Feeding house plants

House plants grow throughout spring, summer and autumn. During this time, a regular feed will help to keep them healthy.

The roots of garden plants can spread through the soil to find nutrients, but pot-grown house plants are completely reliant upon you for the minerals they need.

Use our guide, below, to choose the fertiliser with the right nitrogen (N), phosphorus (P) and potassium (K) content for your house plants, and discover when and how to feed them.


Foliage plants

For lush, green foliage, feed plants every two weeks using a fertiliser with a high nitrogen content. Most generic house plant fertilisers are rich in nitrogen and will keep foliage plants looking good. If the leaves look yellow, then a nitrogen-rich feed will give them a boost, as will any feed containing magnesium (Mg). Reduce feeding to monthly in autumn and stop completely in winter.

Orchids and flowering plants

Give flowering plants a generic house plant fertiliser every two weeks in spring, then change to a weekly feed that is rich in potassium in the run up to flowering. Tomato fertilisers contain extra potassium, but are often too strong for house plants, so dilute by half the recommended dose. Orchids do not appreciate heavy doses of fertiliser and can be killed by too much, so feed weekly with a generic house plant fertiliser diluted to half or even quarter strength. If using commercially available orchid fertilisers, follow the dosage instructions on the pack.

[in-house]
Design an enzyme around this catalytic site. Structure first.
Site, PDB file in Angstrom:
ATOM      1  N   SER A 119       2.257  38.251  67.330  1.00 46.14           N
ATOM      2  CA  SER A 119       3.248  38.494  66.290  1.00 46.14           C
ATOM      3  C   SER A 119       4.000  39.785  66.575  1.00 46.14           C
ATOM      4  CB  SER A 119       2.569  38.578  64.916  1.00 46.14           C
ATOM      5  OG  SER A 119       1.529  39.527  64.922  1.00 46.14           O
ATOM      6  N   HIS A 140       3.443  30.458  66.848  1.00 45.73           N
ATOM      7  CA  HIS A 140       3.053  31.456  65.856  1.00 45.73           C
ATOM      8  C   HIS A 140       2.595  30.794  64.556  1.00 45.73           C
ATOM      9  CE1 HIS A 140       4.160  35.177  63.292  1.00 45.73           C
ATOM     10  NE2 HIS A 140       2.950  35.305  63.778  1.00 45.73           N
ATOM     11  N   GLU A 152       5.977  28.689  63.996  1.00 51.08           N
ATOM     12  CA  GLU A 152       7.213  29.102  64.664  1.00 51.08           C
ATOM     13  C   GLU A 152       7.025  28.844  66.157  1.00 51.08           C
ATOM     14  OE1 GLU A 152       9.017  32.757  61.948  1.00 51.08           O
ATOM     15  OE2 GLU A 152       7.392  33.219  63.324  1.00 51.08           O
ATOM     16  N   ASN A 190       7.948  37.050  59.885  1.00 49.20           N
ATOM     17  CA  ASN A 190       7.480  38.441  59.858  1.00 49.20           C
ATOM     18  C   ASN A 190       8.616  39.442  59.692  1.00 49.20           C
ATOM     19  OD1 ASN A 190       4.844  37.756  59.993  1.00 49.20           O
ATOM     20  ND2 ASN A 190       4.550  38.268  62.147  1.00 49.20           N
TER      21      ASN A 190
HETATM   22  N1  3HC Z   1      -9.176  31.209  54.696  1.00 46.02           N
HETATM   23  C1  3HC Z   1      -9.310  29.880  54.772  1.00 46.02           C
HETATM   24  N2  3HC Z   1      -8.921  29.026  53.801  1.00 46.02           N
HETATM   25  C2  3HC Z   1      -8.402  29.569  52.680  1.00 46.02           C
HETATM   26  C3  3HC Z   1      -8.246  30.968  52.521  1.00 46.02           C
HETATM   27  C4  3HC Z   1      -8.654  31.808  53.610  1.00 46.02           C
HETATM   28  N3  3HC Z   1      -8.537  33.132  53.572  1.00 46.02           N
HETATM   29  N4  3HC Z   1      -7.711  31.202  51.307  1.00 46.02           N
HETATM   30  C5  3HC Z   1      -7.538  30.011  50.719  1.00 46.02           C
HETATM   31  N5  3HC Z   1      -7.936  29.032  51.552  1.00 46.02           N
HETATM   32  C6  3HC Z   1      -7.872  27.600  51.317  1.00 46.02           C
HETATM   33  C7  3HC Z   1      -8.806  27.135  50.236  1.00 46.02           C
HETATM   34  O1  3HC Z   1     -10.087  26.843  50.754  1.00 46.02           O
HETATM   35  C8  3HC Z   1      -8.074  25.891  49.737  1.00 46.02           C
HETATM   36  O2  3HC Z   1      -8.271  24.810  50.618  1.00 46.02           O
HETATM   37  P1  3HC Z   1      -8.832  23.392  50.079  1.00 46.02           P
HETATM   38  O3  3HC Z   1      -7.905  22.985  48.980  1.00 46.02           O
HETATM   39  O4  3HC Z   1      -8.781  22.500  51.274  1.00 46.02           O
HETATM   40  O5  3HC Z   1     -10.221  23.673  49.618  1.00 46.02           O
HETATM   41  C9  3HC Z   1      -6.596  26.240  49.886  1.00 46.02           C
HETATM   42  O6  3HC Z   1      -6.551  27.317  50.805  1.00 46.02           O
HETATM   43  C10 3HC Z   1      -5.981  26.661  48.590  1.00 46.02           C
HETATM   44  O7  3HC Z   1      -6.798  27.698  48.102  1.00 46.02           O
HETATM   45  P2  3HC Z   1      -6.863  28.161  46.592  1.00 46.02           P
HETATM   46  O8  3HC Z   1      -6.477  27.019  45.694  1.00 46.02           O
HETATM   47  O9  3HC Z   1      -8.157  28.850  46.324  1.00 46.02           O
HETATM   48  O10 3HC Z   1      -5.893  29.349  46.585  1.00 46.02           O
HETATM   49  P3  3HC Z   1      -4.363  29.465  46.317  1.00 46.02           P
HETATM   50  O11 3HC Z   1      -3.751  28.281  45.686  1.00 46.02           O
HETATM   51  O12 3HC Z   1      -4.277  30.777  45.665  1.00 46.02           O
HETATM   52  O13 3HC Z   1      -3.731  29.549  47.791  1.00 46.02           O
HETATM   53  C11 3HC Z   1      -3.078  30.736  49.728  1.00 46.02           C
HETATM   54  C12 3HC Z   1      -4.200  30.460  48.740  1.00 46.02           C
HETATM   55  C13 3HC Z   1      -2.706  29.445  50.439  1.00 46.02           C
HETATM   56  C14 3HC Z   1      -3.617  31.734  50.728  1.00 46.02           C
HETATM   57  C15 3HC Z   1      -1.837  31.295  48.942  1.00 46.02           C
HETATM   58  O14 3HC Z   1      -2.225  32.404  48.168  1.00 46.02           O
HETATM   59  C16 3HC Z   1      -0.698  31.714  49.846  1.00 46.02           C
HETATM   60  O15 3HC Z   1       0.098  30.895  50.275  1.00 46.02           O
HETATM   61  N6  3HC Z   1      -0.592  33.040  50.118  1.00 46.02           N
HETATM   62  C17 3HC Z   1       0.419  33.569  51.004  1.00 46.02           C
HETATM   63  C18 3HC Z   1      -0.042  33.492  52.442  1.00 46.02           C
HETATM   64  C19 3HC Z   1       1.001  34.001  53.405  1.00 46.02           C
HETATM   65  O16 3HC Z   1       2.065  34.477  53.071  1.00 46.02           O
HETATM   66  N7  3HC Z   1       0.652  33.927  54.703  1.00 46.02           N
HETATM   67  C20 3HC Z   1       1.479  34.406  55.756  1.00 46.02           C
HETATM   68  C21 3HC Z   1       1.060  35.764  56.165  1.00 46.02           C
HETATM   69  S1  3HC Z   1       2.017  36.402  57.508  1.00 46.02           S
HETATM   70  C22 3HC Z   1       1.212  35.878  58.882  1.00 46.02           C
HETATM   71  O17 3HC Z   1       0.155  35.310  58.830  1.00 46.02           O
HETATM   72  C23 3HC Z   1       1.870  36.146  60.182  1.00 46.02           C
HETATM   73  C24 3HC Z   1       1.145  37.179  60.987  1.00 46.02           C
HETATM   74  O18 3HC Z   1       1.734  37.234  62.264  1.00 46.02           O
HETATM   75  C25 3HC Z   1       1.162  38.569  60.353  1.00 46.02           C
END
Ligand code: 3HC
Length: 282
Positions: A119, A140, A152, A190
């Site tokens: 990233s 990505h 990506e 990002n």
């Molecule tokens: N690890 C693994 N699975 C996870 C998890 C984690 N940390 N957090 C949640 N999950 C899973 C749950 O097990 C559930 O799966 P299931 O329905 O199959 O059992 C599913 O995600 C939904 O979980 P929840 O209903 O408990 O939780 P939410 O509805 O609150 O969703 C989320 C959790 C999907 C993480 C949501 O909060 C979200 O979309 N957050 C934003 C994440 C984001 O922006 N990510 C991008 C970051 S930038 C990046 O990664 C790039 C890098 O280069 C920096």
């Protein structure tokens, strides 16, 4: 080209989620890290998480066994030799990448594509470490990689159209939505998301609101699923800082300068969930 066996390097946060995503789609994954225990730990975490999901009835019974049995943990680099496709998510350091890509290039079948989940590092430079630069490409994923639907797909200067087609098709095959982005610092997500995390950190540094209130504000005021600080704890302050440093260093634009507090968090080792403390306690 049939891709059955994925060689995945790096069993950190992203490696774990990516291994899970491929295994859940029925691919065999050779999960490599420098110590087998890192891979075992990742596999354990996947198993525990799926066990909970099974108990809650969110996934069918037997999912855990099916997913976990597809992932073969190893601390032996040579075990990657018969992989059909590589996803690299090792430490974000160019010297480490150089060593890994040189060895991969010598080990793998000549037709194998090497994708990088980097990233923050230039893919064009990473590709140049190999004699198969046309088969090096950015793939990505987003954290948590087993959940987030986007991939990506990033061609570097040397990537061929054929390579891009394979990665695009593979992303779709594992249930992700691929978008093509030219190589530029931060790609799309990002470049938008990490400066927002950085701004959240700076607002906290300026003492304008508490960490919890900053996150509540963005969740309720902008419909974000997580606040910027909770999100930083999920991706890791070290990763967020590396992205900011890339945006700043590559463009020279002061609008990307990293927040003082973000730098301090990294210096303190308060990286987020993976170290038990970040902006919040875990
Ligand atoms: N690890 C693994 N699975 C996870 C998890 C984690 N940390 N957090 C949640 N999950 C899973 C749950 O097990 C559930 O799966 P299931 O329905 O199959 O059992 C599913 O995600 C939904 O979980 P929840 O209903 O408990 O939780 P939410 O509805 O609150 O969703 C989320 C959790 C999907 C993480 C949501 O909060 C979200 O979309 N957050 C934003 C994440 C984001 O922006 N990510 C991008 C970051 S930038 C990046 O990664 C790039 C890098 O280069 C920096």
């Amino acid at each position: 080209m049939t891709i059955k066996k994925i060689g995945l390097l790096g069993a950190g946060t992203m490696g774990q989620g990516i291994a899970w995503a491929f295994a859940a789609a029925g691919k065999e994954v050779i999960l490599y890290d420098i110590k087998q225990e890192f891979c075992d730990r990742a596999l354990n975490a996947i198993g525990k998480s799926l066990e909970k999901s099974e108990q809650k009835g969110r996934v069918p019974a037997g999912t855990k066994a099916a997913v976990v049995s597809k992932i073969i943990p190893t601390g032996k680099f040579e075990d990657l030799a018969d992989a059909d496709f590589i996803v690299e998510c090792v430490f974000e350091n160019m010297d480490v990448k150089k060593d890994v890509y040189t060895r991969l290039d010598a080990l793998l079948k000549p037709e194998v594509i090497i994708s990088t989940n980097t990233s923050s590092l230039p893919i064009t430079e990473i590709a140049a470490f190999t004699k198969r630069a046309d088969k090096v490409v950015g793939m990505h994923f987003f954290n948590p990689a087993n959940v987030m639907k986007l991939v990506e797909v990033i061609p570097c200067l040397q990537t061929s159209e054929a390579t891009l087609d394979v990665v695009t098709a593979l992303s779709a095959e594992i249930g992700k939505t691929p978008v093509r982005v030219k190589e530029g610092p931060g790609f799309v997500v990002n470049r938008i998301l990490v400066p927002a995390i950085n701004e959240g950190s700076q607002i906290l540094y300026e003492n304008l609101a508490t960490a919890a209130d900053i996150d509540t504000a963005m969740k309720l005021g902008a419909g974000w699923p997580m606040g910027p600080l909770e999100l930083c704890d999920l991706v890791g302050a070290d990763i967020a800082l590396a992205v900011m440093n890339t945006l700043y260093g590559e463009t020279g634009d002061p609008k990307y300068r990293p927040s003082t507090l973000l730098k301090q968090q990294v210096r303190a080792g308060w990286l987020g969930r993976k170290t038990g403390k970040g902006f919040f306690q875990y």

Cacti and succulents

Most cacti and succulents can survive without supplemental feeding, but they will grow and flower more profusely if fed. Feed them with a specialist cactus feed to provide the right balance of nutrients. Avoid fertilisers with too much nitrogen, as they can promote soft, weak growth. Apply cactus fertiliser every two weeks in spring and summer only.

Citrus plants

Citrus plants are extremely heavy feeders. Specialist citrus feeds are available, but a generic house plant feed will suffice every two weeks in spring and summer. These plants often need more magnesium (Mg) than is available in regular feeds, so add a solution of Epsom salts monthly, especially if the leaves begin to turn yellow. During winter, stop feeding entirely unless your plant is flowering, in which case a monthly dose of house plant feed will help.

Ericaceous plants

Some house plants prefer ericaceous or acidic soil. These include African violets, gardenias, ferns and azaleas. Such plants should be fed using a specially-formulated ericaceous fertiliser. You don't need to feed them in winter.

Carnivorous plants

Plants such as sundews, pitcher plants and the Venus flytraps generally grow on soils that contain very few nutrients. They’ve developed the ability to catch insects to supplement their diet and don't require additional fertiliser. It’s also wise to avoid feeding them too many bugs as even in the cleanest of homes, they’ll generally catch what they need without help.

Feature by Dr. Ross Bayton.


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